Source: www.vp-mi.com
Author: Adam Robertson
 
55f20e17c6255.imageA cowboy stands against smoking
Above: Cody Kiser holds on as his bronco goes wild during the Sanders County Fair rodeo; Kiser has teamed up with the Oral Cancer Foundation to raise awareness of the dangers of tobacco products through the rodeo.

 

PLAINS – Tobacco use has been a big part of the rodeo for years; one participant of the Sanders County Fair is in the forefront of changing this, though, by promoting a tobacco-less lifestyle through the sport.

Cody Kiser, a cowboy who rode bareback broncos at the Fair, has teamed up with the Oral Cancer Foundation’s ‘Be Smart, Don’t Start’ campaign to help teach kids about the dangers of tobacco products and oral cancer. According to their website, the campaign is part of the foundation’s rodeo outreach and attempting to “become engaged where the problem lives.”

“While other [groups] are focused on getting users to quit, the Oral Cancer Foundation is reaching out to young people to not pick up the habit that they may see one of their rodeo heroes engaging in,” stated information provided by the OFC.

To help with this, Kiser and the foundation have been working to present role models within the rodeo world who do not use tobacco products and actively advocate against their use.

“How do you change that?” Kiser asked, regarding the tobacco-use culture. “I think that is in kids; you have to get to the kids and get their opinions changed.”

The foundation’s main focus has been on reaching out to middle school and high school students, though getting their message to any kid is helpful. They try to inform the kids of the dangers of tobacco products, with a particular emphasis on chewing tobacco, which is heavily linked to developing oral cancer.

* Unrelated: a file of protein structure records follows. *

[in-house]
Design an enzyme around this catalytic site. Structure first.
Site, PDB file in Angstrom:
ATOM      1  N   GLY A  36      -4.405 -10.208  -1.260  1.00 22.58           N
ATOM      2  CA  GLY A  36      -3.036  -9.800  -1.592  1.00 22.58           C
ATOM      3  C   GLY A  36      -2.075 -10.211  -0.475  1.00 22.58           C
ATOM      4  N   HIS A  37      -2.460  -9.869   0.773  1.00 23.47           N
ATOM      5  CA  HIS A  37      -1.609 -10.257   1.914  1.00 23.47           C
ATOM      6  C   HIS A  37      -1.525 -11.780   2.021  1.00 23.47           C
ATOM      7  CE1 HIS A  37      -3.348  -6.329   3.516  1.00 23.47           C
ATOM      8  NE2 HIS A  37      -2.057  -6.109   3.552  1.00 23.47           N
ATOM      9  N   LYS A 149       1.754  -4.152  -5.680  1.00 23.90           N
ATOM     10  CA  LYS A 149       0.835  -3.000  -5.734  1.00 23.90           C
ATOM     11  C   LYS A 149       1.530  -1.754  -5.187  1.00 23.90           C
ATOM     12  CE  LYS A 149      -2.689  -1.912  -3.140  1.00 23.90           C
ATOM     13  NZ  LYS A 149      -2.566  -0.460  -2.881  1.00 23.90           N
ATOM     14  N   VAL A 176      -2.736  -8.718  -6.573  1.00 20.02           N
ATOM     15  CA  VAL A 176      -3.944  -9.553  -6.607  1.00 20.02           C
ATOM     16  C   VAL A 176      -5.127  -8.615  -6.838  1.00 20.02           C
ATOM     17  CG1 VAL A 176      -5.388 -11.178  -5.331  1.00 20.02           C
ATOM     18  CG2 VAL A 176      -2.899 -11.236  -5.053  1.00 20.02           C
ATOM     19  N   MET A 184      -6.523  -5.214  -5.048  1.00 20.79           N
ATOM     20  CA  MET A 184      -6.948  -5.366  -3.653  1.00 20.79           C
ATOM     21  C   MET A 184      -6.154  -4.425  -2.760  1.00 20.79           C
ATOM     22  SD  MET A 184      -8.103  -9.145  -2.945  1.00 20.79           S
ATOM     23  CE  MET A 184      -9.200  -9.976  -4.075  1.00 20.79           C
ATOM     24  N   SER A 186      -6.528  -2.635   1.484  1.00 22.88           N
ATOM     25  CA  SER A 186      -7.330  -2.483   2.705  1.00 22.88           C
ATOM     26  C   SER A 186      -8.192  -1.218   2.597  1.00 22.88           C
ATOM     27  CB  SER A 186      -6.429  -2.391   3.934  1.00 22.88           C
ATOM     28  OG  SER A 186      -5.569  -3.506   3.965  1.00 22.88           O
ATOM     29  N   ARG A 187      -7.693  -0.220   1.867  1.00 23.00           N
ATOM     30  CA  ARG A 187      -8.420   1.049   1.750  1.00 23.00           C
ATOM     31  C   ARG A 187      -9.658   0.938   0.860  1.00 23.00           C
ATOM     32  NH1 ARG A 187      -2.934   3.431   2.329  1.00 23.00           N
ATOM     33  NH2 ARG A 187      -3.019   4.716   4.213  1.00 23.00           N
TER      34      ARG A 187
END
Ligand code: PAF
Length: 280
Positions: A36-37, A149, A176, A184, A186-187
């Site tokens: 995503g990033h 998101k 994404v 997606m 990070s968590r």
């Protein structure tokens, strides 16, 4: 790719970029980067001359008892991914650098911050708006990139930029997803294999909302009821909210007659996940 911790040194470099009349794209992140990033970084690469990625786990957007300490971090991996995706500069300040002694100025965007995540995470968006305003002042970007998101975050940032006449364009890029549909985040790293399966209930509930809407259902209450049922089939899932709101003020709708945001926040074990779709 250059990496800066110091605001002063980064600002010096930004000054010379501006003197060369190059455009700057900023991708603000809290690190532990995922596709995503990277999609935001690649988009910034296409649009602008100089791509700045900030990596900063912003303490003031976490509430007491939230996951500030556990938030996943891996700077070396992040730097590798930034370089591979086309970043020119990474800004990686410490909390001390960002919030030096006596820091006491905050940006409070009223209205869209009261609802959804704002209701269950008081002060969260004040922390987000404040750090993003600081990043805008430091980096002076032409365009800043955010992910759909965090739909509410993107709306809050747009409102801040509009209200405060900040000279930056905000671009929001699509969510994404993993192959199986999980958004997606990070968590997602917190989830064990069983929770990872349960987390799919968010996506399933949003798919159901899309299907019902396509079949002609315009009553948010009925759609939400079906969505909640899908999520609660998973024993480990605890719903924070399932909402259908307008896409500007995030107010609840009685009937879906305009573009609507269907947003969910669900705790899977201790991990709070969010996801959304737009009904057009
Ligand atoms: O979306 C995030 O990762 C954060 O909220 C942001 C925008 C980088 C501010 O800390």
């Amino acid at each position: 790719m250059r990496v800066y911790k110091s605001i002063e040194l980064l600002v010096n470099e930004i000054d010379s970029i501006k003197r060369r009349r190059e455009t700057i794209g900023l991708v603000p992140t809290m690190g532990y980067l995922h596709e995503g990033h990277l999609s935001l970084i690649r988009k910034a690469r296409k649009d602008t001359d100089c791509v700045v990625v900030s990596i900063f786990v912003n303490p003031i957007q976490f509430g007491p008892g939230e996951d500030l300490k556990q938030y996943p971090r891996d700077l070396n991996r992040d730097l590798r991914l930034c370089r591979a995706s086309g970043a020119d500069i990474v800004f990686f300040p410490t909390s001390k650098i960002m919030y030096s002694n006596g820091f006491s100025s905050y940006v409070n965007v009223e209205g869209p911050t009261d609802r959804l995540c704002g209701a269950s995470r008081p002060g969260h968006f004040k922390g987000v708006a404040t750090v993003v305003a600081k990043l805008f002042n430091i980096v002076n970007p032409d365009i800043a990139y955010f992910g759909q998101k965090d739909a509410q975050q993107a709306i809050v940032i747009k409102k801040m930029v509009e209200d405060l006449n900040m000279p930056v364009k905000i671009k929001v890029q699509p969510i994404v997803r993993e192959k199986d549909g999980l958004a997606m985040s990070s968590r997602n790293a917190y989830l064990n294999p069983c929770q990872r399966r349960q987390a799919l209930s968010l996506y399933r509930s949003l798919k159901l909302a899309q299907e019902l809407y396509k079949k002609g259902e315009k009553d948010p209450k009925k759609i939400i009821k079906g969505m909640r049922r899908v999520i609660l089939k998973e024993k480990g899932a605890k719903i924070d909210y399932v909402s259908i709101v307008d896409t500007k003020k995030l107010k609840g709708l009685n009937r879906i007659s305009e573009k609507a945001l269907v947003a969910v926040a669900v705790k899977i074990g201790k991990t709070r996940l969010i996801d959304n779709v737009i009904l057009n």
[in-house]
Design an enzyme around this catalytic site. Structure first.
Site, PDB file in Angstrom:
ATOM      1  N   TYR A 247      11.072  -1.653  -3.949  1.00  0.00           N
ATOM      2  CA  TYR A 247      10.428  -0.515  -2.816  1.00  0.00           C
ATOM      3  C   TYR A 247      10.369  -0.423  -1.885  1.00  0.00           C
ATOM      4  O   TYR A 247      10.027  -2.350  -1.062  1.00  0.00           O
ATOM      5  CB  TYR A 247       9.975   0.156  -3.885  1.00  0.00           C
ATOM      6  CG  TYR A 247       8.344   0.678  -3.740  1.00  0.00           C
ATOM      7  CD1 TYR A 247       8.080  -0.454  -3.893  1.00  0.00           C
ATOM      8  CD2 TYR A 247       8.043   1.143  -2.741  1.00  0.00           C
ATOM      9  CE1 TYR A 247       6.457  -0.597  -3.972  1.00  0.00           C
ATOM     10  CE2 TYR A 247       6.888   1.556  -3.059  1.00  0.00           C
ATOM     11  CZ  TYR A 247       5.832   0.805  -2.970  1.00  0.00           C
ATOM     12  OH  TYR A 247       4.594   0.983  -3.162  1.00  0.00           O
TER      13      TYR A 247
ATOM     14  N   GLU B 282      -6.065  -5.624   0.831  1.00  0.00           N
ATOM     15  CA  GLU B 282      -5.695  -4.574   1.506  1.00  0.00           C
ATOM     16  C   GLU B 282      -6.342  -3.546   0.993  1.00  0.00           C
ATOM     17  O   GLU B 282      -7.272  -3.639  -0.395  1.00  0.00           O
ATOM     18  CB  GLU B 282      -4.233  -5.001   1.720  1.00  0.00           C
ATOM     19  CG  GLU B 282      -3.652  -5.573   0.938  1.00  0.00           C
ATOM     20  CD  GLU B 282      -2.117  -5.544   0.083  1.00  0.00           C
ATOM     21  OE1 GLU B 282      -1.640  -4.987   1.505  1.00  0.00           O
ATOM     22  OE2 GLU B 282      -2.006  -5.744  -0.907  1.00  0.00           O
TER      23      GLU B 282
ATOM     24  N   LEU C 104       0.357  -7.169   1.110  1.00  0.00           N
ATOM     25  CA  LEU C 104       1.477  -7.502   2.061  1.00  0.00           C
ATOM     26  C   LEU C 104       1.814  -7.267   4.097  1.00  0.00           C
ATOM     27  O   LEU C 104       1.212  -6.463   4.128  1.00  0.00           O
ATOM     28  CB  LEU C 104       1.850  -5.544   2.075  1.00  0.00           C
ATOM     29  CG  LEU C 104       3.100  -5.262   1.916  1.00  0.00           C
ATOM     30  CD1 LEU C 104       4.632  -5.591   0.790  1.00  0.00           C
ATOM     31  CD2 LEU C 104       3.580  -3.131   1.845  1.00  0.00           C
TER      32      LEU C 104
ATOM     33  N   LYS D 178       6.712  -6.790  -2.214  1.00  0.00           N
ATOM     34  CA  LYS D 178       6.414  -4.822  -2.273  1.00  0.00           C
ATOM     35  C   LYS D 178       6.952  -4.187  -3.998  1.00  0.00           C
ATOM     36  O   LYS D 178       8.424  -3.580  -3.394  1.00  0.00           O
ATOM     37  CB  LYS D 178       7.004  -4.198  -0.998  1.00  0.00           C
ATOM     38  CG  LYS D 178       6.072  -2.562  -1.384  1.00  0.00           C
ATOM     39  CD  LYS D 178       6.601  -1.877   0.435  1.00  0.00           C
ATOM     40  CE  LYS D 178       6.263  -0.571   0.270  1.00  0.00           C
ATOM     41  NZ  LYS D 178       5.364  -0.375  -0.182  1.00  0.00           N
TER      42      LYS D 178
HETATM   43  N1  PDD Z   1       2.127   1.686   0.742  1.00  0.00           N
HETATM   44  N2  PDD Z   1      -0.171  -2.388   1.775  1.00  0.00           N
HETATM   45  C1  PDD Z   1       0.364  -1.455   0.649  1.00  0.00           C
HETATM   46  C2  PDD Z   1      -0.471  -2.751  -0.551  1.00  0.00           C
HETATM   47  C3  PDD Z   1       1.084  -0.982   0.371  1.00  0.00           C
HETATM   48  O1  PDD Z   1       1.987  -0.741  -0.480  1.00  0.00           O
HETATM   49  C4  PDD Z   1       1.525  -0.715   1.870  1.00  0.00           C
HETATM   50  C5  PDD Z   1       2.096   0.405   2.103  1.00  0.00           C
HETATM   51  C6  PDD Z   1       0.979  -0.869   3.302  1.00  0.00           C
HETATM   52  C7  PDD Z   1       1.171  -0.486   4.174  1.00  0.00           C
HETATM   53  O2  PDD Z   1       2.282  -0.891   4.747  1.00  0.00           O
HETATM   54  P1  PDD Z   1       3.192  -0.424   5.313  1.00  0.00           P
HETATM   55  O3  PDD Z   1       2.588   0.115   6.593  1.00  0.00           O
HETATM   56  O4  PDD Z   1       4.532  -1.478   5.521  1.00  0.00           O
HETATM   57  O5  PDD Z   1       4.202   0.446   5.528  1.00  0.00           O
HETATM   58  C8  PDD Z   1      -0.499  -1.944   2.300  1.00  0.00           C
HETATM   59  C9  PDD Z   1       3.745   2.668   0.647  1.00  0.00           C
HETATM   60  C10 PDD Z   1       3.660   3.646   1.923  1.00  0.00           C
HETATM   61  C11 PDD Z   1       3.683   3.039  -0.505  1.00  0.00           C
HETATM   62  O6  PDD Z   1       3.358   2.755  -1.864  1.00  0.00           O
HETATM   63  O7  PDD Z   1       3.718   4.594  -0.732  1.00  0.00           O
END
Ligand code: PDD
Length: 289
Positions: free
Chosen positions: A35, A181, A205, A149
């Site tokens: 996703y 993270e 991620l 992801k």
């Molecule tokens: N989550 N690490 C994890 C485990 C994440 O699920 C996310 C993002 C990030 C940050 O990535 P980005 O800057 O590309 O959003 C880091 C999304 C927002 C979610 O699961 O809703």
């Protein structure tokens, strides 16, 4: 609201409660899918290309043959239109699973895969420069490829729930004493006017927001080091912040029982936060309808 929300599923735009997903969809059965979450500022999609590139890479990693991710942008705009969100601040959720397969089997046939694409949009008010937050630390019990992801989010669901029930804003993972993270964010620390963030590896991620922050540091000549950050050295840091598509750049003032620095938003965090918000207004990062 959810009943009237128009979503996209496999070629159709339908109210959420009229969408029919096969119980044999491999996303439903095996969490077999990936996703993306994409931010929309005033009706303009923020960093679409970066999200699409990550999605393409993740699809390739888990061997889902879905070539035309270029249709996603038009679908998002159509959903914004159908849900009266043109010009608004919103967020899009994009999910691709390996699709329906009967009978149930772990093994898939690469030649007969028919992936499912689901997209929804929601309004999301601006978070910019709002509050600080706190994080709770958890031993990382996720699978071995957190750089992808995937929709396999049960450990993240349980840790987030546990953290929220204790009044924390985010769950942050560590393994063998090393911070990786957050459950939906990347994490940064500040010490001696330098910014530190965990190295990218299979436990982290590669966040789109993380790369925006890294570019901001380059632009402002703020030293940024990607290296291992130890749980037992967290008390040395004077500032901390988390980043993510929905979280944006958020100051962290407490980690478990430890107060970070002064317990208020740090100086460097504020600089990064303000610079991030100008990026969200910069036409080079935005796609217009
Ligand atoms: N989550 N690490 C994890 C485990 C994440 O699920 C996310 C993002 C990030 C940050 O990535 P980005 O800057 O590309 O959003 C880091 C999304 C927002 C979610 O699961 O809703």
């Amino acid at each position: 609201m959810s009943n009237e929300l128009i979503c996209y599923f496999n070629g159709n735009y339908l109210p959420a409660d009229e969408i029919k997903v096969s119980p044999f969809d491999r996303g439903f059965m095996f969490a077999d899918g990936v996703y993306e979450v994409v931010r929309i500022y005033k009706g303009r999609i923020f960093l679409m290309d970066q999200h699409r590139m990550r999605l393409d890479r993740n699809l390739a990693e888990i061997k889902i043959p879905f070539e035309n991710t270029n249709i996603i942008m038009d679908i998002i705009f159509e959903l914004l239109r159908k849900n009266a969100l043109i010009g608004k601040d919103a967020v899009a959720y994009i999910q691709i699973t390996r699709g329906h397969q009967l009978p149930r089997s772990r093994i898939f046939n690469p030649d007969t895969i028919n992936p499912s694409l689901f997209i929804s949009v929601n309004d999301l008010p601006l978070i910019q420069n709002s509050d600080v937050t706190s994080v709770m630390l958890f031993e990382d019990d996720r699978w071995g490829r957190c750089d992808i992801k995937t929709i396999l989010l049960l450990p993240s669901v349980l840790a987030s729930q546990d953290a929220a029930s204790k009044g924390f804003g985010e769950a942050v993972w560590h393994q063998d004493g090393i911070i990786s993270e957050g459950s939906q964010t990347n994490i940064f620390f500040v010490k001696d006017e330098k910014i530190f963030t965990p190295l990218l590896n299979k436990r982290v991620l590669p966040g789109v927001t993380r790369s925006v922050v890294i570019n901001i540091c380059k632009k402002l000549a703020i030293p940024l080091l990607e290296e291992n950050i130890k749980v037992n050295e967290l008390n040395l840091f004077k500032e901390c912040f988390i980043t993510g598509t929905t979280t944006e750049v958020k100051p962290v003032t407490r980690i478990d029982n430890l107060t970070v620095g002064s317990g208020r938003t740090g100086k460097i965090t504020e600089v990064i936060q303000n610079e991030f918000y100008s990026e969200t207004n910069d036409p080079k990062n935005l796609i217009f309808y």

“We’re not here to tell anybody how to live their life or anything, if they’re already chewing or smoking,” said Kiser. “Just give information … and hope we reach out to the kids. That’s the main thing.”

During the Sanders County Fair rodeo, Kiser only wore sponsorship logos for the OCF. He also took time to talk to kids at the fair and give out pins, bandanas as well as other items with the foundation’s message on them.

It was noted there are other rodeo riders who do not smoke or chew tobacco, though it is rare. This has been turning around in recent years, though, and there are organizations promoting tobacco-free rodeos, where only people who do not use tobacco products participate. Other organizations, like Project Filter and reACT, are also working to educate kids about tobacco use through the rodeo.

“There are groups who are doing this now,” Kiser said. “It’s not just us … There is some move towards it. It’s in its infancy right now, but there people who are doing stuff.”

He also recalled a number of athletes had used tobacco products and reported regretting it later in life; some hall of famers have said they would do things differently, in regards to tobacco use, if they could go back. The main goal of the OCF and its ‘Be Smart, Don’t Start’ campaign has been to help kids avoid having those regrets.

The foundation hopes to set up public speaking arrangements at schools for Kiser and their other ambassadors in the near future, though for now their outreach is limited to rodeos. Going directly to the schools would help them reach out to kids more and spread their message further.

Tobacco use is strongly linked to oral cancer, which has several severe impacts on the body; everything from losing teeth to serious oral sores or even death. The effects do not stop at a personal level either and can spill over to other people’s lives as well.

According to the OFC, approximately 46,000 people are diagnosed with oral cancer each year. This translates to almost 115-120 people diagnosed each day.

More information on the Oral Cancer Foundation can be found at www.oralcancer.org.

*This news story was resourced by the Oral Cancer Foundation, and vetted for appropriateness and accuracy.

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